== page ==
How Many Minutes Per Week Should You Exercise to Avoid Cancer?
It's an attainable number. Start drafting your fitness resolutions early.
Research funding for cancer is absolutely off the charts. The National Cancer Institute has over $6 billion available on a yearly basis, and rightfully so — cancer is the second-leading cause of death in the United States, at 21% of all deaths annually. That’s just a tick behind heart disease, at 23%.
Still, for all the money and time spent fighting cancer in labs and hospitals, you can dramatically cut your chances of a future diagnosis with a simple lifestyle switch. A new study, published in Medicine & Science in Sports & Exercise and noted by The New York Times, found that 315 minutes of exercise a week (which boils down to just 45 minutes a day) reduces cancer incidence as we age.
The researchers assessed reported physical activity and susceptibility to “common cancers” among 600,000 adult men and women throughout the United States, using a statistical model called a population-attributable fraction (PAF). In essence, the formula allows scientists to pinpoint when specific diseases are the direct result of specific behaviors.
Here, the authors looked for cases of stomach, kidney, esophageal, colon, bladder, breast and endometrial tumors, then cross-referenced that information with self-professed inactivity in American adults. (They pored over surveys where people’s answers did not meet the American Cancer Society’s criteria for movement each week, which is a little over 300 minutes of exercise.)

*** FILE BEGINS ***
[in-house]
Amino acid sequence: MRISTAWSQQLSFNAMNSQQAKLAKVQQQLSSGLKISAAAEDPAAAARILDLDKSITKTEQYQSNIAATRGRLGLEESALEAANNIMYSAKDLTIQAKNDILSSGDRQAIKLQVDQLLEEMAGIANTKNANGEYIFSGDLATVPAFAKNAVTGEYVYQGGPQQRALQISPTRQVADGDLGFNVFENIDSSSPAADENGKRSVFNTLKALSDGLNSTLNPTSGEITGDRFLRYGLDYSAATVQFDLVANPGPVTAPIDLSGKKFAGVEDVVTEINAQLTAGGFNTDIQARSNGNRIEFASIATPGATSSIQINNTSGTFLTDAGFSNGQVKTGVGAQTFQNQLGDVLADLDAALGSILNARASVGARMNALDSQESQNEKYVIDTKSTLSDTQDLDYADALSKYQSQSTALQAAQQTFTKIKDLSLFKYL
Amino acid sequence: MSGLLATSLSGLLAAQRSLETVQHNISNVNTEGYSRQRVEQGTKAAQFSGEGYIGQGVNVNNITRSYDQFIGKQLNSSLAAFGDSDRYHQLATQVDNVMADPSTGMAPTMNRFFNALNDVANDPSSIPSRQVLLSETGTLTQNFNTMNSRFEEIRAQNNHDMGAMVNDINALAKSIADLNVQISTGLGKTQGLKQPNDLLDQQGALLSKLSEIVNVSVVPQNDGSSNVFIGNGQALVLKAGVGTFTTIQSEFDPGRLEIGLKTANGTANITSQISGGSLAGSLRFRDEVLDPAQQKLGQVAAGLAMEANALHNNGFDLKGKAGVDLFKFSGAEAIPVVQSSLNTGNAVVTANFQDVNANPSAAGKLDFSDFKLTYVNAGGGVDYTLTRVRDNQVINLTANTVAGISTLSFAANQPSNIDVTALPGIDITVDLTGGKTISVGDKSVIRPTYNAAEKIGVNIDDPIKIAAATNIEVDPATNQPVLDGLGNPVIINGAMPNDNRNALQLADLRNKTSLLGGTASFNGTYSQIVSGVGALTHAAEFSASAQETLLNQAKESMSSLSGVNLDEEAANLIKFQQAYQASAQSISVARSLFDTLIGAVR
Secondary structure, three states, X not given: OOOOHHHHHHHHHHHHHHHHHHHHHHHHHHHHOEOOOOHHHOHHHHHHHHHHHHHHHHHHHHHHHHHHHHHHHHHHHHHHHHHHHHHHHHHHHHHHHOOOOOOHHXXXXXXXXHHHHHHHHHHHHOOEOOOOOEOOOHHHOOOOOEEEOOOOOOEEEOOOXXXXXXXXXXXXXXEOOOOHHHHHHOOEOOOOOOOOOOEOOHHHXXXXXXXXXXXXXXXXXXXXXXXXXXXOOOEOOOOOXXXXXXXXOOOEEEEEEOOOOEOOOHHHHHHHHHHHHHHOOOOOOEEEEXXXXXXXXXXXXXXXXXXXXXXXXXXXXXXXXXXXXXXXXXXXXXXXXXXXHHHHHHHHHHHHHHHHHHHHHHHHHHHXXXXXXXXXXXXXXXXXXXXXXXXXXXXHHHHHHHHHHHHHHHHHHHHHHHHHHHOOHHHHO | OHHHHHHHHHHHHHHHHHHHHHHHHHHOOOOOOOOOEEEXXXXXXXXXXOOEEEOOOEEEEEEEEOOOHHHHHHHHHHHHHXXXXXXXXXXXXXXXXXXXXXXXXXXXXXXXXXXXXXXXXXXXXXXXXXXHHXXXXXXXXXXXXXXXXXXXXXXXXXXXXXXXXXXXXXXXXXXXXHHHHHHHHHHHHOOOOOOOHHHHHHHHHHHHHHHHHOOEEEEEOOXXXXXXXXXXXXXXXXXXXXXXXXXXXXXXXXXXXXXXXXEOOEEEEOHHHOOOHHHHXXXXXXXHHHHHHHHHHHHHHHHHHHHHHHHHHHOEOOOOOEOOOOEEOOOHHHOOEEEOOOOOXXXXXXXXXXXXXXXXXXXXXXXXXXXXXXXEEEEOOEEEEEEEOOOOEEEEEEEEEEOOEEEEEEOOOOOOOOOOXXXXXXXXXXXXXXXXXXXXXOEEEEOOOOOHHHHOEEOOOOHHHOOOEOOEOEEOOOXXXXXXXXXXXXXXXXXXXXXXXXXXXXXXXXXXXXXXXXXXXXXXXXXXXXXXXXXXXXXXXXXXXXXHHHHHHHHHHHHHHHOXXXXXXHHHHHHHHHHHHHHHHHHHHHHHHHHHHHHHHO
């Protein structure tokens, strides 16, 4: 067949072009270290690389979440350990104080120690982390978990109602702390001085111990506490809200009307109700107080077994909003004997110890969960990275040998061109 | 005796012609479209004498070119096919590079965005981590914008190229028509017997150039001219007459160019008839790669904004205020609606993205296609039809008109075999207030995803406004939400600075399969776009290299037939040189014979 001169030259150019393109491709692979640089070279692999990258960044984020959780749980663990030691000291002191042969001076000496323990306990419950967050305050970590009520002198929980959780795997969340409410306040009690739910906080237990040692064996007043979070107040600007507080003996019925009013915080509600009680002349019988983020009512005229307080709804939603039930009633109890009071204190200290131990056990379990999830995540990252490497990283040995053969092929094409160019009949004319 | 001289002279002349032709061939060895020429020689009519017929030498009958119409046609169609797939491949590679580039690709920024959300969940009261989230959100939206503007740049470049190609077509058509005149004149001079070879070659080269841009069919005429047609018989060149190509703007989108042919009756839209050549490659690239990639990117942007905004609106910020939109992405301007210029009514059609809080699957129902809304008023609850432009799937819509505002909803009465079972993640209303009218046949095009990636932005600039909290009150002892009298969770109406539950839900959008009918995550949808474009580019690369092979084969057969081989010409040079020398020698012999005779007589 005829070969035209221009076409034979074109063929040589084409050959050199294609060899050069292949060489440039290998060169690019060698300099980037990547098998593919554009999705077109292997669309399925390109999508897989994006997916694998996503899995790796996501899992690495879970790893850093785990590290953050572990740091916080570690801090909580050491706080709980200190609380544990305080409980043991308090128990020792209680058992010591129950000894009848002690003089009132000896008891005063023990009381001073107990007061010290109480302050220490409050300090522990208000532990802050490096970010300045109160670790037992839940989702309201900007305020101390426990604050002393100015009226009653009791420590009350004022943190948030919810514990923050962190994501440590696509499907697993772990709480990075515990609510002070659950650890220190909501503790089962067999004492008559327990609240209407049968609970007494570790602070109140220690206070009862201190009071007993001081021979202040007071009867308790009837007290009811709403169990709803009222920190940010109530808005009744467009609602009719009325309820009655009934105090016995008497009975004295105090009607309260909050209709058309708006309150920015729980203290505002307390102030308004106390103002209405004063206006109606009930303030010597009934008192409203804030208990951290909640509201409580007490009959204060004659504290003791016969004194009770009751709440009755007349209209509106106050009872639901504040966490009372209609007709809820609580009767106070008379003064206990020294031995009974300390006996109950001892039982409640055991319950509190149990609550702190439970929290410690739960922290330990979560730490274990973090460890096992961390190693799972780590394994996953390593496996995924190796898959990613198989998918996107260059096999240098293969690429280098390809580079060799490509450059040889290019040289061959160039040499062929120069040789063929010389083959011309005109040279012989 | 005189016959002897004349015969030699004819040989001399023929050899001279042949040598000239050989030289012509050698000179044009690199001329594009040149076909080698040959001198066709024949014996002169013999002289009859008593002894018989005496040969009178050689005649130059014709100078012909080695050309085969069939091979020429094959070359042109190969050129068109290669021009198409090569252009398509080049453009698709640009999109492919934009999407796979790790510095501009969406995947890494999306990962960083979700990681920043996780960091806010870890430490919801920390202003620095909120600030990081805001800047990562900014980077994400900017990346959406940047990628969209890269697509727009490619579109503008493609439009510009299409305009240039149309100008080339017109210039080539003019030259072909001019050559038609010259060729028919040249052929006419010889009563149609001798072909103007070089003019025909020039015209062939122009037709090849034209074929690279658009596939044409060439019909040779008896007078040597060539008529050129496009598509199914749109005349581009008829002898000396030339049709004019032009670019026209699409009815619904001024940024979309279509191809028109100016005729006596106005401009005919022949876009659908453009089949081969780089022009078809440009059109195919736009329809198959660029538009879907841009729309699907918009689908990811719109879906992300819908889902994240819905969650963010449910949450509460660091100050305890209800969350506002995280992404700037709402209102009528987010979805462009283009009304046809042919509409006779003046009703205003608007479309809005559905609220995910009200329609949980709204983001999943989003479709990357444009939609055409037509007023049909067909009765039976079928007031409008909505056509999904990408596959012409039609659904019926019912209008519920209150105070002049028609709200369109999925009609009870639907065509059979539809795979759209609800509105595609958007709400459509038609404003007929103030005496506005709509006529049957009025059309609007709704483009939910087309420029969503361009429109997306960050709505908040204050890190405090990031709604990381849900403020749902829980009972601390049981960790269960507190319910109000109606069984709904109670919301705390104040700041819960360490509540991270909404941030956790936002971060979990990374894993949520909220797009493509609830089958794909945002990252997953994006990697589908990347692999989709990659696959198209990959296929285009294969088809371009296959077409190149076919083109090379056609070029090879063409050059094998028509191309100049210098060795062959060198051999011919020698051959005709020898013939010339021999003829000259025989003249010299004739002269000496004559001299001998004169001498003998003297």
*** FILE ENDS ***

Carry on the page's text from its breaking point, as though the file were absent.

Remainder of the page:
After plugging all of this data in, they discovered that 3% of common cancers could be completely avoided if people exercised 45 minutes a day. That number varies depending on the type of cancer; for instance, stomach cancer was most tied to inactivity. A whopping 17% of cases were attributable to not meeting daily exercise guidelines.
If that 3% figure doesn’t sound too significant, keep in mind that’s 46,000 cancer cases. The disease, as The New York Times points out, is “bogglingly complex … with many overlapping, entwined causes,” but this is a sign that in some small way, a diagnosis isn’t inevitable.
And exercise, by the way, doesn’t have to mean running eight miles. Literally just stepping away from the desk to go on a long walk each day counts. You’ve heard us bang the “daily constitutional” drum before. We’re not going to stop. Especially now that we know it could save you from cancer.
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